You can withdraw your superannuation at 55 if you have reached your superannuation preservation age, as shown in the table below. You will have limited access to your savings if you are still working, but may have full access to your super in the form of an income stream or lump sum if you have permanently retired. There may be tax consequences associated with withdrawing your superannuation.

Read more here about the superannuation retirement rules.

If you were born prior to 1 July 1960 you may be able to withdraw your super at 55.

The amount that you are able to withdraw and the way in which you can withdraw it will be discussed later in this article. I will also explain the taxation consequences of such withdrawals.

Age 55 is the ‘Preservation Age‘ for people born prior to 1 July 1960. The Preservation Age for people born after 30 June 1964 is age 60. If you were born in between these dates, your Preservation Age will be somewhere in between, as detailed in the table below:

Date of Birth Preservation Age
Before 1 July 1960 55
1 July 1960 – 30 June 1961 56
1 July 1961 – 30 June 1962 57
1 July 1962 – 30 June 1963 58
1 July 1963 – 30 June 1964 59
After 30 June 1964 60


Can I withdraw my Super at 55 (Still Working)?

If you have reached age 55 and are working, or intend on returning to work, you should be able to access your super via a Non Commutable Account Based Pension.

A Non Commutable Account Based Pension may also be referred to as one of the following:

Non Commutable Allocated Pension

Transition to Retirement Income Stream (TRIS)

Transition to Retirement (TTR) Pension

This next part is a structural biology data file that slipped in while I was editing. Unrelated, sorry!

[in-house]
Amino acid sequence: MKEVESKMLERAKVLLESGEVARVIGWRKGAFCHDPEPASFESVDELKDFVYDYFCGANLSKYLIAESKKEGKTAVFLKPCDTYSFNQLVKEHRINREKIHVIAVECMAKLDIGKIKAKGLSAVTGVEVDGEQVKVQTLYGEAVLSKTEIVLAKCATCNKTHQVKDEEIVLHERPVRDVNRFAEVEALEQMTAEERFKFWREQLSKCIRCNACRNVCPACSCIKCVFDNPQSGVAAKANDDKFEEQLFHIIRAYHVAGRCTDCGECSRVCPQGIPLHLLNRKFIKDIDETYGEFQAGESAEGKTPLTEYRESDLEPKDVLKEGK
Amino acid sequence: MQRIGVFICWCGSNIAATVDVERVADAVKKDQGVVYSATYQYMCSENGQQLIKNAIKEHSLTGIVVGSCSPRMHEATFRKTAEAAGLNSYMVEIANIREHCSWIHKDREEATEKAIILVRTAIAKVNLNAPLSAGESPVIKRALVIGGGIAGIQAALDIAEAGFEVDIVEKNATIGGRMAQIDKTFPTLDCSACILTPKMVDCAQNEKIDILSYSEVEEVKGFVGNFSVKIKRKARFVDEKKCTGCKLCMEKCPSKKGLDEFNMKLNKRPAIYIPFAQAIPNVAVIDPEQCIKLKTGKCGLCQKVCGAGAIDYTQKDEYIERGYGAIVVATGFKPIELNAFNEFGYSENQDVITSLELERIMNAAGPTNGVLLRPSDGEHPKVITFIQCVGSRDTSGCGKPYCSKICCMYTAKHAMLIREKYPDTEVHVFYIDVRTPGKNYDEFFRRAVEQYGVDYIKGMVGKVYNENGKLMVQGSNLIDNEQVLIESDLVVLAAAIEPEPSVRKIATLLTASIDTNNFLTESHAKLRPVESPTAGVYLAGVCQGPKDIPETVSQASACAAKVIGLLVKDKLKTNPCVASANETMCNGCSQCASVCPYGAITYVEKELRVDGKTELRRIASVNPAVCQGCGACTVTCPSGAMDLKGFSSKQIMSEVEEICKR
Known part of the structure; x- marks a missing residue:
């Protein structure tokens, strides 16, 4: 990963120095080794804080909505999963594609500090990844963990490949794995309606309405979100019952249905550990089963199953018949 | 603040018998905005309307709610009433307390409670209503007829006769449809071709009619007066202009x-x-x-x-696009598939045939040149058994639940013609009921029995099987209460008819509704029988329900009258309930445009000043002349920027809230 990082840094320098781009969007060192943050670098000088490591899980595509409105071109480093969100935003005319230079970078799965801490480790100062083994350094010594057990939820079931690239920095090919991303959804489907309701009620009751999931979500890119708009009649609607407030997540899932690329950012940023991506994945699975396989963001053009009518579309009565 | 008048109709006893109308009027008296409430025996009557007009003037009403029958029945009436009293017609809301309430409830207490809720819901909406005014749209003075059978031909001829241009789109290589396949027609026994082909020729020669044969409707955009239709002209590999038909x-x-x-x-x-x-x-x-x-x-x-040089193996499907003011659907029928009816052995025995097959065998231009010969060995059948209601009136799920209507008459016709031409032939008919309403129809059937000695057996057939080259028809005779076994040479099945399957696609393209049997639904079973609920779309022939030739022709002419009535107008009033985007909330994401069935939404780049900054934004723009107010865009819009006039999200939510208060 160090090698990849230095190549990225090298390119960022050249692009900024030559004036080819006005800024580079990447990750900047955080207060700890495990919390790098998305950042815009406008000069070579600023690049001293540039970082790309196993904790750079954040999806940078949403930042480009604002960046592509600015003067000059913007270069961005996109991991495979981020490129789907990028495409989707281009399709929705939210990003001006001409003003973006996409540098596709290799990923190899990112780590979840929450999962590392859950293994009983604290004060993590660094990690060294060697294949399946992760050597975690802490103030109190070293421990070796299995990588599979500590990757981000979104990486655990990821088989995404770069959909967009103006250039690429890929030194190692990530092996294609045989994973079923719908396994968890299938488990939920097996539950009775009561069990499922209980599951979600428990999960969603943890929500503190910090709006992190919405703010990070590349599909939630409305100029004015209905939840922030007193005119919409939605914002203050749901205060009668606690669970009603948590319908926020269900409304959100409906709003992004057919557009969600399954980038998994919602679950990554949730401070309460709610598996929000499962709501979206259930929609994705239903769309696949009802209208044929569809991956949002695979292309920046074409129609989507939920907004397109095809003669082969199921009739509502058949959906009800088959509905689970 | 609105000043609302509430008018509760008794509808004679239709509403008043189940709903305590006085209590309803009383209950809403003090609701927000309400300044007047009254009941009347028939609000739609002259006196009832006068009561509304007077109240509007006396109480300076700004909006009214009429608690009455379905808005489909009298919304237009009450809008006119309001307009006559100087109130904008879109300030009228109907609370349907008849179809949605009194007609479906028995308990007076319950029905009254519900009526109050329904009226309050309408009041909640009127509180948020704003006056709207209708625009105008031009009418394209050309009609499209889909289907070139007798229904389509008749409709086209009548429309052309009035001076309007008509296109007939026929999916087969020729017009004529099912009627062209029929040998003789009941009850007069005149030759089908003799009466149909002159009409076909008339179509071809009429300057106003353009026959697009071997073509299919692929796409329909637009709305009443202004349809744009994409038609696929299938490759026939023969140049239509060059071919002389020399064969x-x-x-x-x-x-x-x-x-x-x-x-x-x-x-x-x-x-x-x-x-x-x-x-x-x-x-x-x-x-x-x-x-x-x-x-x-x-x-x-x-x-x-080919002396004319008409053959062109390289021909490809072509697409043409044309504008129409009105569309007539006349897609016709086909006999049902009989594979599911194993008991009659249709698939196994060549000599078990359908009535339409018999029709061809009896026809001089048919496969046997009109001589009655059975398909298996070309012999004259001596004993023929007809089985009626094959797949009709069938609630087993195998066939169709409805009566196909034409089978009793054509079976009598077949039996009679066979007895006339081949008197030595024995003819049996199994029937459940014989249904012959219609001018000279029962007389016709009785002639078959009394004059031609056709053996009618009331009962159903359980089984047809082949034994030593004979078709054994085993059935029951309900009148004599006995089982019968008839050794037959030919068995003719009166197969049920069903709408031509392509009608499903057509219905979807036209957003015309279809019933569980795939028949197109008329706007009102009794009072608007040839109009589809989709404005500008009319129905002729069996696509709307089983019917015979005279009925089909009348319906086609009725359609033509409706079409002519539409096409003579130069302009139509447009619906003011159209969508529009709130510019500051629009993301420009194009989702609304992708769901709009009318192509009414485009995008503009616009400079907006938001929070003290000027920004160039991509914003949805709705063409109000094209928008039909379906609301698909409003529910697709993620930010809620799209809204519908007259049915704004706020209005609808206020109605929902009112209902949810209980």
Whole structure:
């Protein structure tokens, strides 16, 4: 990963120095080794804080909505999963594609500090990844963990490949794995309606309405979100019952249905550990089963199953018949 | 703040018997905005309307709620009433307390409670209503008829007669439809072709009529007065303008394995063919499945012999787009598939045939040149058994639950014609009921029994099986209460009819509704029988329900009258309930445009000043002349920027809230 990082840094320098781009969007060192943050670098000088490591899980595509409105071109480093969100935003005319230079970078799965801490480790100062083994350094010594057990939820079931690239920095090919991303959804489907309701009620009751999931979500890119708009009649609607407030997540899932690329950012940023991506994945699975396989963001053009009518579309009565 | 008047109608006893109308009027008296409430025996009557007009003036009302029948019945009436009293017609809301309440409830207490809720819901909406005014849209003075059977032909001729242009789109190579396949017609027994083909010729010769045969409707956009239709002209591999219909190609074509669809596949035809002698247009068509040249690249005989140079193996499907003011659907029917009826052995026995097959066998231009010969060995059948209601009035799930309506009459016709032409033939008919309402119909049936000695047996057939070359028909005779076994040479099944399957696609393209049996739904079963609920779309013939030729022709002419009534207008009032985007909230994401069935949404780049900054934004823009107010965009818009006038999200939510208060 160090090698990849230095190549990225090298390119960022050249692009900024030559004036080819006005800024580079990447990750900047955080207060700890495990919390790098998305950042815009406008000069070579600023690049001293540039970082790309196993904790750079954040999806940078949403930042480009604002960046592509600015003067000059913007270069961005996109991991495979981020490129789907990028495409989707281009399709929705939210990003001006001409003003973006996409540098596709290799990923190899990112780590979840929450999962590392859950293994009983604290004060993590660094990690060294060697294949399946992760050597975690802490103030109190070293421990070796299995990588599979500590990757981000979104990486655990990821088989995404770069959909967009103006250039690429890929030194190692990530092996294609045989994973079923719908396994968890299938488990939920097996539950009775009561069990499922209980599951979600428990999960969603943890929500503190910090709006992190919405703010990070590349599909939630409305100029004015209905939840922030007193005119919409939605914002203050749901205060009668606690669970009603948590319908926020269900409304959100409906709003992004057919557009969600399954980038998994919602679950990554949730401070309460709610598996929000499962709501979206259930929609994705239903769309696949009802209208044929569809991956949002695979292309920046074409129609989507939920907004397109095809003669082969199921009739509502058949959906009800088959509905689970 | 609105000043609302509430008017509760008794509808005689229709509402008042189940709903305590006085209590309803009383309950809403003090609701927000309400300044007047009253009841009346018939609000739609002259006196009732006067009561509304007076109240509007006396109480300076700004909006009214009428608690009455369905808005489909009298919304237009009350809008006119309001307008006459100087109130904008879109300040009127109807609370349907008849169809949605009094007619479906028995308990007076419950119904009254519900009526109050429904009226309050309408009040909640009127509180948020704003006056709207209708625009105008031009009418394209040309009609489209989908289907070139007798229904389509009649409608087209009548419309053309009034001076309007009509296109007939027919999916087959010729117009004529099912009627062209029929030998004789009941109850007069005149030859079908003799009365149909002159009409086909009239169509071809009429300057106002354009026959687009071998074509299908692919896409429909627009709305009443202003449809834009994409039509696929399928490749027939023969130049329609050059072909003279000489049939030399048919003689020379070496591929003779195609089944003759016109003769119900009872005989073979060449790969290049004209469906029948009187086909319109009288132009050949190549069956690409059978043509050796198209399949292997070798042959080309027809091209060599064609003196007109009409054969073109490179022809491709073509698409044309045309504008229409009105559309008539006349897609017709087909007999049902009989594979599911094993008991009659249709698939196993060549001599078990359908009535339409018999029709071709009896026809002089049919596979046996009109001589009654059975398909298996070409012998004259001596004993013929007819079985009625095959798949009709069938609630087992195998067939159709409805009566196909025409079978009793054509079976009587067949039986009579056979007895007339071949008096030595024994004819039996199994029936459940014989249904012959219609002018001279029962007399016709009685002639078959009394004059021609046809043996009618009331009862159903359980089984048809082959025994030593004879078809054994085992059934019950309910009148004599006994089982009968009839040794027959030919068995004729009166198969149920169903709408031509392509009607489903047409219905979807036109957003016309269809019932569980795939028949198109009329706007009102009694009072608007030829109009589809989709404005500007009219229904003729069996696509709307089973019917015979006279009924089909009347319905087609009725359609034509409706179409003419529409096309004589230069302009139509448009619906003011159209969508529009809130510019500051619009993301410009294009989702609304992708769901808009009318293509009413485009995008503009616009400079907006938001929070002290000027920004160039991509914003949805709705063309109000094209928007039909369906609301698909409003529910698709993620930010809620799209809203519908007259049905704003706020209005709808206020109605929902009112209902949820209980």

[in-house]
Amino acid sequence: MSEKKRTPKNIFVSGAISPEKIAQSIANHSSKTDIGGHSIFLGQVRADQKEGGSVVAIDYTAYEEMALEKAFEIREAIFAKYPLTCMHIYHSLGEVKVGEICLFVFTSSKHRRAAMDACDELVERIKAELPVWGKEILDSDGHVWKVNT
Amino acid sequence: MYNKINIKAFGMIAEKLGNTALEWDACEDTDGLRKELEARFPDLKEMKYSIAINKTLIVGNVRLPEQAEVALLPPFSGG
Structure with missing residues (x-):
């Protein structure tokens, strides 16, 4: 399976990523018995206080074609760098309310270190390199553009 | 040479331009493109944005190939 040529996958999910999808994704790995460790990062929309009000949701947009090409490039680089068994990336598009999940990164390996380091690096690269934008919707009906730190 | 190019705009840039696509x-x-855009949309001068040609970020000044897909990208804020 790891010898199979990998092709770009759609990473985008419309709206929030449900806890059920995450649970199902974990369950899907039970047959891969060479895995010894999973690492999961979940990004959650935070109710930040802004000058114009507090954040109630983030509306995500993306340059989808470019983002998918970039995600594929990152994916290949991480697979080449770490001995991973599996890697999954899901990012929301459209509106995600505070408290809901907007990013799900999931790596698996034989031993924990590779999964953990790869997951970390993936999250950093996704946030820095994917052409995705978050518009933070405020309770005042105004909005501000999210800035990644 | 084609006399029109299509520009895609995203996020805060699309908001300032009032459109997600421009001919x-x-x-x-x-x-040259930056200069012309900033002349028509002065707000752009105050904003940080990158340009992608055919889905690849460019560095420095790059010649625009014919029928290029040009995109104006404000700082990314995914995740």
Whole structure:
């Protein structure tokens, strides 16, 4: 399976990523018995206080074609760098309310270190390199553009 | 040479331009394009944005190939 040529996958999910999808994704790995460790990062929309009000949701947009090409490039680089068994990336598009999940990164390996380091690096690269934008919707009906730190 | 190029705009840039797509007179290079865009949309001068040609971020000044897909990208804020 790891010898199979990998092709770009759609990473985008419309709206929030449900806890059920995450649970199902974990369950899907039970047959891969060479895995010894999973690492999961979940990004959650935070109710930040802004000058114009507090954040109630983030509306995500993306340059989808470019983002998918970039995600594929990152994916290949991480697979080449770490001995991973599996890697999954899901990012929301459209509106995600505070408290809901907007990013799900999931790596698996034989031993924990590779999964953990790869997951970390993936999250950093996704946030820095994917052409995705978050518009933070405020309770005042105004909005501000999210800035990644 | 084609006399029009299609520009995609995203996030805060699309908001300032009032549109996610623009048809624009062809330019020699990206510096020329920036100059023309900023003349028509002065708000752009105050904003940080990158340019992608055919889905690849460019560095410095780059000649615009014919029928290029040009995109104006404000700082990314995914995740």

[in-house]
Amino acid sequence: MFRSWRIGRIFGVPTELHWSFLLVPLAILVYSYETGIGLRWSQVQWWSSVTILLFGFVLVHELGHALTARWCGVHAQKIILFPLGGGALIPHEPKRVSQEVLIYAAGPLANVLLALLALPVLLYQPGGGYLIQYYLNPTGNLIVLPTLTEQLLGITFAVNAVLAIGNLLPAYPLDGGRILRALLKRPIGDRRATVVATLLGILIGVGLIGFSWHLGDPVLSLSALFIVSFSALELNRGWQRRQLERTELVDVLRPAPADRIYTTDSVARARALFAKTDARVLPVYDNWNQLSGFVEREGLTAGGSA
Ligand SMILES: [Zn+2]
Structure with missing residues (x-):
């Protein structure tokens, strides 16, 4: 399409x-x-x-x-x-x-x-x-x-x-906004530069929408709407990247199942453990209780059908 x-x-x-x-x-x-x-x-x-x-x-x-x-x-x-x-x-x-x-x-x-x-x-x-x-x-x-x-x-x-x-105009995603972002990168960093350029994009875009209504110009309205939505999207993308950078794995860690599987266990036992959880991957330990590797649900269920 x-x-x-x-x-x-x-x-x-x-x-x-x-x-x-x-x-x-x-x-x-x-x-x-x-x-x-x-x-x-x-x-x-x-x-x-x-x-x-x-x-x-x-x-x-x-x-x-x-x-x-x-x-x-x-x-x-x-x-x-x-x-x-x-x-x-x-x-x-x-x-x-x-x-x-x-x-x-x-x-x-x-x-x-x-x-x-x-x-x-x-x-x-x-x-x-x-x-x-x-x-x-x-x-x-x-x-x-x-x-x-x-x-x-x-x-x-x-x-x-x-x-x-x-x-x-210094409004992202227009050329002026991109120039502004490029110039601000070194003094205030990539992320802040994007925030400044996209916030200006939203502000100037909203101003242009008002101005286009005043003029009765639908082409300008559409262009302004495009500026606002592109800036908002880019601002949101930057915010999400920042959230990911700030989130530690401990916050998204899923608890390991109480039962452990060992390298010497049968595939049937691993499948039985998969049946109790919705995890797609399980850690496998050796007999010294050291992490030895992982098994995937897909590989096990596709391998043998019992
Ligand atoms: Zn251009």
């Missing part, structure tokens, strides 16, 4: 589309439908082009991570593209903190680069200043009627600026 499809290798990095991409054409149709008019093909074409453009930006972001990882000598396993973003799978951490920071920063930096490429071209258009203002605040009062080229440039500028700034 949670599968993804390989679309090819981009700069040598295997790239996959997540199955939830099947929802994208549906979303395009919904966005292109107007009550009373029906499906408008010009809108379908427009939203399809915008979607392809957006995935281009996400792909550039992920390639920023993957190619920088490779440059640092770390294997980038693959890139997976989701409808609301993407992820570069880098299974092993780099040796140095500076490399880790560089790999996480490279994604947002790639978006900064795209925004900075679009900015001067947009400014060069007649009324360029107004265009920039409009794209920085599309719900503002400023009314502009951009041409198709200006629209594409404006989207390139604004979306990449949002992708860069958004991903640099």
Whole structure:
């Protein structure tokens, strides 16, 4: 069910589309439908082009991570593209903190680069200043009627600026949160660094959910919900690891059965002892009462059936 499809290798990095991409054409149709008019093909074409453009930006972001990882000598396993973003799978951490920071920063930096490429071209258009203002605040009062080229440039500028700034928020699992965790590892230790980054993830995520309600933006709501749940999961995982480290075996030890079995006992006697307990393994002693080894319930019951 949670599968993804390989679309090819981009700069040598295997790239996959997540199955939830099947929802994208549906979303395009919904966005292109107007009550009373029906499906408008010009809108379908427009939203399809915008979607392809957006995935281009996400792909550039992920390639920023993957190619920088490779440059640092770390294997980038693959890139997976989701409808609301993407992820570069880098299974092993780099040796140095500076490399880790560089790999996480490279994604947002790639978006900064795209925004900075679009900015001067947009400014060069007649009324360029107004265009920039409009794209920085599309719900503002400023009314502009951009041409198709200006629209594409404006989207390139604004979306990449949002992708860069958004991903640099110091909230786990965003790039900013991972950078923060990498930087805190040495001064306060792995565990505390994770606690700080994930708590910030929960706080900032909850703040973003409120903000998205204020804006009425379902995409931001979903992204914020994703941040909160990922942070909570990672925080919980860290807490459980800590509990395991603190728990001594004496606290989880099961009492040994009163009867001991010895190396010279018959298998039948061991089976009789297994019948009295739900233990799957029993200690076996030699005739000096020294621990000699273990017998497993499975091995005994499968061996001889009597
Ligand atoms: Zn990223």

In this instance, you commence an income stream with some or all of your superannuation savings and must draw an income stream between a minimum of 4% and a maximum of 10% of the capital value of the pension, as calculated on 1 July of each year.

For example, let’s say you are 56 and plan on commencing a Non Commutable Pension on 1 July using your total superannuation savings of $500,000. In the first year, you would be required to withdraw an income of between $20,000 (4%) and $50,000 (10%). In the second year, if your balance had reduced to $480,000, you would then need to withdraw an income somewhere between $19,200 and $48,000 for the year.

In a Self Managed Superannuation Fund (SMSF) these payments can be taken whenever you like. However, a regular monthly payment or one-off lump sum is recommended for ease of management and administration. If you have a retail or industry account, you will generally receive payments monthly, quarterly or annually.

You cannot withdraw more than 10% or less than 4% in any one financial year.

Can I Withdraw my Super at 55 (Not Working)?

In most cases, you are able to withdraw your super, with no limitations, if you have reached your Preservation Age (55 if born prior to 1 July 1960), have retired and have no intention of returning to work. However, there may be tax implications.